The Food and Drug Administration (FDA) yesterday denied the American Feed Industry Association (AFIA) extra time to comment on the animal feed rules under the Food Safety Modernization Act (FSMA).
The trade group said it was disappointed with the decision given that the FDA itself was granted an extension for final rule publication by the courts.
“The FDA had more than two years to write the animal food rule while allotting the animal feed industry only five short months to review and submit comments on the rule ... in comparison to the human food rule, which had an 11-plus month comment period timeline,” said Richard Sellers, senior VP of legislative and regulatory affairs, AFIA.
He said the trade group will be submitting comments by the 31 March deadline on the proposed ‘Current Good Manufacturing Practice and Hazard Analysis and Risk-based Preventive Controls for Food for Animals’ rule.
But, said Sellers, the AFIA has also informed the FDA that it will continue to filter feedback and comments after that date due to the “enormity of the rule”.
Letter from the FDA
The FDA said it denied the AFIA the extra time based on that fact that it is under a court decree to publish the final rule for preventive controls for food for animals by 30 August 2015.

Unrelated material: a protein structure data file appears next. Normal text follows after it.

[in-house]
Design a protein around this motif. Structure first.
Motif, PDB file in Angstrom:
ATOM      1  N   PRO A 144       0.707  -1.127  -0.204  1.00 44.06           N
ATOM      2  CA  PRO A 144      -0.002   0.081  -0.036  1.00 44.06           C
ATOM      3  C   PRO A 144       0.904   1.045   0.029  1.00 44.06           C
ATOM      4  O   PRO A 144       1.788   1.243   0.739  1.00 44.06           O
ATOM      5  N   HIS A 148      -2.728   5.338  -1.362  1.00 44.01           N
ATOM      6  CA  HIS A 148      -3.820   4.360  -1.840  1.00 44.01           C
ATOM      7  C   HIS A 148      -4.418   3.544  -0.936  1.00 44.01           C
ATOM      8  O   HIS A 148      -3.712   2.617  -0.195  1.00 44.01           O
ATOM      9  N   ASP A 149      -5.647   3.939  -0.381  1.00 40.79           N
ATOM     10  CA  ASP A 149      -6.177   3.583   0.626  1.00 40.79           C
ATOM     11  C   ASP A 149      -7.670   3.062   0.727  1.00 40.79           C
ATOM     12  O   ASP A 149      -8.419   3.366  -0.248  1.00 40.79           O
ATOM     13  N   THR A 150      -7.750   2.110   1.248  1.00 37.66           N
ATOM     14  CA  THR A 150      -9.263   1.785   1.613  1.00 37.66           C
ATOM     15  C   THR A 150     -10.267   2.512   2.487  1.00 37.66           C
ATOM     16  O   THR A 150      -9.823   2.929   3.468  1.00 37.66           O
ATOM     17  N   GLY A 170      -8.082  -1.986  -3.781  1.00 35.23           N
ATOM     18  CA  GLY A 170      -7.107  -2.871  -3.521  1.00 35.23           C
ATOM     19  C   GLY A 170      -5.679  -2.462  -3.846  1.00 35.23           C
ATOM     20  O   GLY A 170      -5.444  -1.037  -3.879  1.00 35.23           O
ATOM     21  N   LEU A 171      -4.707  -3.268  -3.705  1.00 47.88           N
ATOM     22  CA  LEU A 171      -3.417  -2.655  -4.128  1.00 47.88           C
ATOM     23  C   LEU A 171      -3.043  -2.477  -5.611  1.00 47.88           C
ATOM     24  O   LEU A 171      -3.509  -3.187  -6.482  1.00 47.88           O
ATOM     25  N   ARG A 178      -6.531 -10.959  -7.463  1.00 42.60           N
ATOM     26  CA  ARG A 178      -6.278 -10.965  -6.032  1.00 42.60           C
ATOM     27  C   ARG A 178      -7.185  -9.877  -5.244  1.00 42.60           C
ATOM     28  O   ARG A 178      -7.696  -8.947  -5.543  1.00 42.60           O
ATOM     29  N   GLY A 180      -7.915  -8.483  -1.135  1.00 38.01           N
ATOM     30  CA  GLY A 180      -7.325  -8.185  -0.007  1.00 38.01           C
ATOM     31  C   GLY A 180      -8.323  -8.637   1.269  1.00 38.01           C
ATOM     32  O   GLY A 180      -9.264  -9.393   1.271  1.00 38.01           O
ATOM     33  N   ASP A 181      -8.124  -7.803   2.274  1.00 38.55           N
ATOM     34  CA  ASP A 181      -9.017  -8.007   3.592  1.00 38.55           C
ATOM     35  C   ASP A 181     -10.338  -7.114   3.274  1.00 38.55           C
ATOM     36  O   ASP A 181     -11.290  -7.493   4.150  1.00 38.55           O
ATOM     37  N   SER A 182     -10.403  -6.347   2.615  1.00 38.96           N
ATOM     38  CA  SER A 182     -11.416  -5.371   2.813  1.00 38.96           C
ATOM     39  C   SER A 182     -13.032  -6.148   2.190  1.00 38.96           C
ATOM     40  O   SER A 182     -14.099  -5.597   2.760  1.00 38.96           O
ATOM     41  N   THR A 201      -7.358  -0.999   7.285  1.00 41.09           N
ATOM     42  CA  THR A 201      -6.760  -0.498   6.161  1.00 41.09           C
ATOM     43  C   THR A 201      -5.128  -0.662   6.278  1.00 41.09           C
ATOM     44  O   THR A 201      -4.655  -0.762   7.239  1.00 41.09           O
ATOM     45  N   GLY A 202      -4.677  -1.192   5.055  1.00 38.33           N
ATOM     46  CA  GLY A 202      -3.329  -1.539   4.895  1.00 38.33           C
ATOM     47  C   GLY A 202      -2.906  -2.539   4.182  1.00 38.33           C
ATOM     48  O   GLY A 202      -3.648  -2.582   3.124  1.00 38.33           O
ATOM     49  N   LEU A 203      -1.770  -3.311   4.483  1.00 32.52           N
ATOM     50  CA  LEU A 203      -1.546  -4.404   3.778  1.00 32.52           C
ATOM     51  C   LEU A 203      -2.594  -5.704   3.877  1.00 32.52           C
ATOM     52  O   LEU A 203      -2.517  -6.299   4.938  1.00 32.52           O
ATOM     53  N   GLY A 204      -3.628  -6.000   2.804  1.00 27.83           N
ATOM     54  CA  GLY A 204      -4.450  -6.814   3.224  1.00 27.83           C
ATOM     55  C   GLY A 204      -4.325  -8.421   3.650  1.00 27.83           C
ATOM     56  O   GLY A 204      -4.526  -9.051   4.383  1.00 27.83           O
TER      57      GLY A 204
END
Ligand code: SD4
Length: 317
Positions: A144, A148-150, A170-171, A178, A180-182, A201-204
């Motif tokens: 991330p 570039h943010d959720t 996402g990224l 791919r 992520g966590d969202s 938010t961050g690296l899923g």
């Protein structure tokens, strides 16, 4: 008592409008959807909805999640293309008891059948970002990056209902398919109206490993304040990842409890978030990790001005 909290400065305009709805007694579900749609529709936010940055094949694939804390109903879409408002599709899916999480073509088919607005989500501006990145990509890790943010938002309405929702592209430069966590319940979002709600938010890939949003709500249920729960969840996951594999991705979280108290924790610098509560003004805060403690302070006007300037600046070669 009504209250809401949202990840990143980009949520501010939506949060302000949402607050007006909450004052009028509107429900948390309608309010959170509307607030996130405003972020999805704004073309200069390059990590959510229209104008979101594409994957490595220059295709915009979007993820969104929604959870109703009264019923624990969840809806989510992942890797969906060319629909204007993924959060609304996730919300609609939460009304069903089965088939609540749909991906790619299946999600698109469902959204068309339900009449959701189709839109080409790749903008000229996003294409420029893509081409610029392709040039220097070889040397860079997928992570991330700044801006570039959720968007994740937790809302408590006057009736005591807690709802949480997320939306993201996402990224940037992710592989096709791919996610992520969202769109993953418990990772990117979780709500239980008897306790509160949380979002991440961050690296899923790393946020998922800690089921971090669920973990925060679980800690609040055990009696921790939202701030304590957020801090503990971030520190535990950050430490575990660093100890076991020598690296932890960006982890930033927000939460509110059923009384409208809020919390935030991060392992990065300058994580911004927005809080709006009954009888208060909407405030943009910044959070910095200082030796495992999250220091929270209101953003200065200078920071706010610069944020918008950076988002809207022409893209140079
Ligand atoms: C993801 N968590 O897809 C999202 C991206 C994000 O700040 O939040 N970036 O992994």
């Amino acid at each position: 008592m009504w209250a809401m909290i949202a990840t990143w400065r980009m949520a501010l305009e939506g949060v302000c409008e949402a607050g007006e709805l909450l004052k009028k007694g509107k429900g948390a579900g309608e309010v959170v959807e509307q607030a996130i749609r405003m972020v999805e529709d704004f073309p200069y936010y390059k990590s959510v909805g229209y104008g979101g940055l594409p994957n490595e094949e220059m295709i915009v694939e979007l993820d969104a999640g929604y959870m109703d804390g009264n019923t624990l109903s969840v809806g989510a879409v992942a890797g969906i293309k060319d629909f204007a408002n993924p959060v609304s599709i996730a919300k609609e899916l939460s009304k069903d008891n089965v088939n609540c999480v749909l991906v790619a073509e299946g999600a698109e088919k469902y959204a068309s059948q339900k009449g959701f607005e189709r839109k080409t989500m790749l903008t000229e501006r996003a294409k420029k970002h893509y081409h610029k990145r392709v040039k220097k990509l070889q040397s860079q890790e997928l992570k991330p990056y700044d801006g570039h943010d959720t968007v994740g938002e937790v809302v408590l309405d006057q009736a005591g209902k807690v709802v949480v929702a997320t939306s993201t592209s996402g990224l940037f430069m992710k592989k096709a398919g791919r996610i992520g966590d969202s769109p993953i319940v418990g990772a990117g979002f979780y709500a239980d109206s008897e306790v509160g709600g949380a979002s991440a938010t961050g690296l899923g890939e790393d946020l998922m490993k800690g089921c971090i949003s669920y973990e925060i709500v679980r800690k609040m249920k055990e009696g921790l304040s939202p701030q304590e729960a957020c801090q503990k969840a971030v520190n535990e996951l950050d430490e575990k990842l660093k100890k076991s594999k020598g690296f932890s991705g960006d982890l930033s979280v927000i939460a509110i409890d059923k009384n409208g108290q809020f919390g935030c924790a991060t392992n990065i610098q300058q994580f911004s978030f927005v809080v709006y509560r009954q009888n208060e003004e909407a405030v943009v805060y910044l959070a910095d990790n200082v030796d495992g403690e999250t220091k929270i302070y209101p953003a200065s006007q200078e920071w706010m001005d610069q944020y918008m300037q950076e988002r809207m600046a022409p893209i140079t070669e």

In a letter to Sellers, the agency said it “needs sufficient time to review, analyze and respond to the comments received, draft the final rule and move the rule forward through clearance to publish by the court ordered deadline.”
Good manufacturing practice rule phase-in sought
“We’ve not seen an impact of this magnitude since FDA was created in 1938,” said Sellers on the potential impact of the regulation on the feed sector.
He told FeedNavigator.com that while Current Good Manufacturing Practice (cGMP) rules for medicated feed have been on the books since 1976, feed ingredient companies and smaller operations are not familiar with them.
Sellers said the AFIA wants the FDA to consider a gradual introduction approach when addressing GMPs and has asked the agency to then look at adding the preventive control rules on a two to four year phase-in basis to allow for greater compliance.
“We believe this would allow firms unfamiliar with GMPs to become acclimatized before fully implementing preventive control programs. Based on our expected economic analysis and later review of our industry’s practices, we may request more compliance time after the rule has been finalized for 18 months,” said the regulatory affairs specialist.
In terms of risk based preventive controls, Sellers said: “Our safe feed/safe food certification program takes this approach, but only several hundred facilities have been certified. So these are very new concepts to the majority of the facilities. However, the large firms making the majority of the tonnage understand them.”
Industry costs underestimated
He added that AFIA members claim the FDA has grossly underestimated the costs of the new rules for the industry and that the trade group may “do a study later this year to justify extending the compliance period.”
Sellers said that he expects the FDA will issue more proposed rules on supplier verification, environmental testing and product testing later. These were removed by the US Office of Management and Budget from this set of rules for being too costly.